Media Release

PRESS RELEASE: New report calls for radical reform of rail franchises

A new report from the Social Market Foundation (SMF) think-tank calls for radical reforms to Britain’s rail franchises – including far-reaching plans to fine them to the value of all unclaimed compensation payments, a measure which could generate up to £1 billion in fines over the course of a Parliament.

The report is published on the morning at that the new Transport Focus National Rail passenger survey shows that:

  • Almost a third of passengers (31%) are dissatisfied with the value for money offered by rail ticket prices
  • One in five (21%) are unhappy with the amount of room to sit and stand
  • Over a fifth (23%) are unhappy with how train companies deal with delays

The new SMF report, Back On Track: Reforming rail franchising, finds that:

  • Levels of dissatisfaction are unacceptably high on several measures: more than a third of passengers are dissatisfied with ‘the value for money of the price of your ticket’, one in five are unhappy at the amount of room to sit and stand and three in ten are unhappy with how companies deal with delays.
  • ‘Overall satisfaction’ has flat-lined and even dipped in recent years. The same is true for satisfaction with punctuality and reliability.
  • Satisfaction scores vary markedly between Train Operating Companies (TOCs) and some operators are performing far below others.

The report’s co-author SMF research director Nigel Keohane said:

“Despite modest improvement, today’s new rail passenger satisfaction survey results show that almost a third of passengers (31%) are dissatisfied with the value for money offered by rail ticket prices, one in five (21%) are unhappy with the amount of room to sit and stand, and over a fifth (23%) are unhappy with how train companies deal with delays.”

“Radical reforms to rail franchising are needed to ensure that efficiencies are unlocked and so that services are responsive to what passengers want. In particular, operators have too little flexibility and incentive during the life of the contract to encourage necessary quality improvements or cost reductions.”

The new report makes a number of recommendations to improve performance, including:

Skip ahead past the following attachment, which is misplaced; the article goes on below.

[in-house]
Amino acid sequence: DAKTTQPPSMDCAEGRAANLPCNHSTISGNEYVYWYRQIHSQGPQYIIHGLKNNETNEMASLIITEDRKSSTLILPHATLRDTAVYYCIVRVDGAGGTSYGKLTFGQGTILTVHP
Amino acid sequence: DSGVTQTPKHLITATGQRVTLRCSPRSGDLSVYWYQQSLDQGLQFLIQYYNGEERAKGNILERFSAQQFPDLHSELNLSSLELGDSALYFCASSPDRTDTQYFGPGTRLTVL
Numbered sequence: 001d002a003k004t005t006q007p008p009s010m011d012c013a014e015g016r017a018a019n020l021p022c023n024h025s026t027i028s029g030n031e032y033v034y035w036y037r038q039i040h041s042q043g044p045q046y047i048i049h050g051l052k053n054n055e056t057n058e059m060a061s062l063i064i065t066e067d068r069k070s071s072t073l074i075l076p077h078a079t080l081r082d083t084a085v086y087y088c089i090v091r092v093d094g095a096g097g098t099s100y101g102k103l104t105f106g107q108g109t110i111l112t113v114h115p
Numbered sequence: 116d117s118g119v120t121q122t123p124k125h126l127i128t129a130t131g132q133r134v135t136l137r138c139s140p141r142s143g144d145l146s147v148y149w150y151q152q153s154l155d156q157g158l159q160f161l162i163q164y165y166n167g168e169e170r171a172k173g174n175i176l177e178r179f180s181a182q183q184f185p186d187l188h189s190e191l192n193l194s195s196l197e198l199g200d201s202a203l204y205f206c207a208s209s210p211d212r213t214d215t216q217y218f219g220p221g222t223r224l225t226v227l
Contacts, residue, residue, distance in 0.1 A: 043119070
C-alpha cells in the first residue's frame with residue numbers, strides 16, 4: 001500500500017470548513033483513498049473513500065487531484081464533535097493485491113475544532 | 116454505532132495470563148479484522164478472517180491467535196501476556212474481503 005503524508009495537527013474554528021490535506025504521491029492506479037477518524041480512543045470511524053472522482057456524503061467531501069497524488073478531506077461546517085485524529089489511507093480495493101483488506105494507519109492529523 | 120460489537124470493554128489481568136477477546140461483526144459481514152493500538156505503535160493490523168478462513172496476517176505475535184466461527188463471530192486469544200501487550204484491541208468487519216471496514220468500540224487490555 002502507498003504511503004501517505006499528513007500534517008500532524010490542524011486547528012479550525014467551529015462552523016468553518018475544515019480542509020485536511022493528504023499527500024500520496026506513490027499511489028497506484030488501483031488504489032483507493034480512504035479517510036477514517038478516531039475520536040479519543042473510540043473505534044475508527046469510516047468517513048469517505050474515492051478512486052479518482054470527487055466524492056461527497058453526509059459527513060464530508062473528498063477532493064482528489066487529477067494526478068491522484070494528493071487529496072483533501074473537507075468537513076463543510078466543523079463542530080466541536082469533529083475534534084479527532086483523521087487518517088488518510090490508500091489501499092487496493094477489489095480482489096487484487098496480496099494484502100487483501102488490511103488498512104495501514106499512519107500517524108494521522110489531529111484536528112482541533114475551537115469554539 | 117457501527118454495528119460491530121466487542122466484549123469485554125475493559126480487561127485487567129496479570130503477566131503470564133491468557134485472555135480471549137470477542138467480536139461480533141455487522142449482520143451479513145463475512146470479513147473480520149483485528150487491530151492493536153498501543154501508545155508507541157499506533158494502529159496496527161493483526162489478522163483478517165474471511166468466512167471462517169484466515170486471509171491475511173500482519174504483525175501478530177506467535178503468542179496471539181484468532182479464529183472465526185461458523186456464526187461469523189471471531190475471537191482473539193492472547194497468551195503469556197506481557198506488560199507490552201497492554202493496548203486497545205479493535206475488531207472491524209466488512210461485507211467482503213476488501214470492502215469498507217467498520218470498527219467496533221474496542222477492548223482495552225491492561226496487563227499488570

• The report recommends that new measures should be introduced to clamp down on delays and on the failure to pay compensation to passengers. It finds that, while the total paid out by TOCs in compensation in 2014/15 was £25m, only one in ten of passengers claim compensation for delayed journeys. These figures suggest that some £1bn of compensation from operators will go unpaid over the course of Parliament.
  • The Department for Transport should develop a single measure of overall satisfaction against which it would score operators. Set this goal, companies would then have the flexibility and incentive to target the aspects of quality or cost of service that affect passenger satisfaction the most. For example, depending on passenger demands, some franchisees could choose prioritising additional services over punctuality (or vice versa), increasing the quality of trains, or improving station facilities.
  • Satisfaction scores would be used to determine rewards and penalties for train providers during the contract, and in particular to determine whether additional flexibility should be awarded to the train operating company.
  • High-performing operators that over-achieved on their targets would be awarded additional flexibility. Additional flexibilities could include the ability to vary fares as long as total fares remained the same; relaxation in specifications on timetabling. To keep these privileges, operators would have to continue to meet stretching satisfaction targets.
  • Poor performing operators would by contrast have to pay penalty charges for low overall satisfaction scores.
  • The House of Commons Transport Select Committee should institute an ‘Annual hearing into rail performance’.  This would be an opportunity to regularly audit whether passenger services have improved over the last twelve months. As a rule, senior representatives from the operators that score worst on overall passenger satisfaction should expect to be called as witnesses.

The report’s co-author Nigel Keohane said:

“Passengers are often unaware of their rights to claim compensation and find the process too onerous, and operators benefit because of this. Instead, operators should be given a strong incentive to compensate delayed passengers by fining them to the value of all unclaimed compensation payments.

“This would encourage them to make the processes simpler and to boost take-up of compensation. The money raised by these fines should be distributed as additional reward payments to the operators that over-achieve on overall satisfaction. 

“Operators should pursue the reimbursement of failed passengers as eagerly as they pursue payment of tickets.”


Notes to editors:

  • The Social Market Foundation is an independent, cross-party think-tank which seeks to marry pro-market solutions with social justice. Our website is
  • A copy of Back On Track: Reforming rail franchising is available here.


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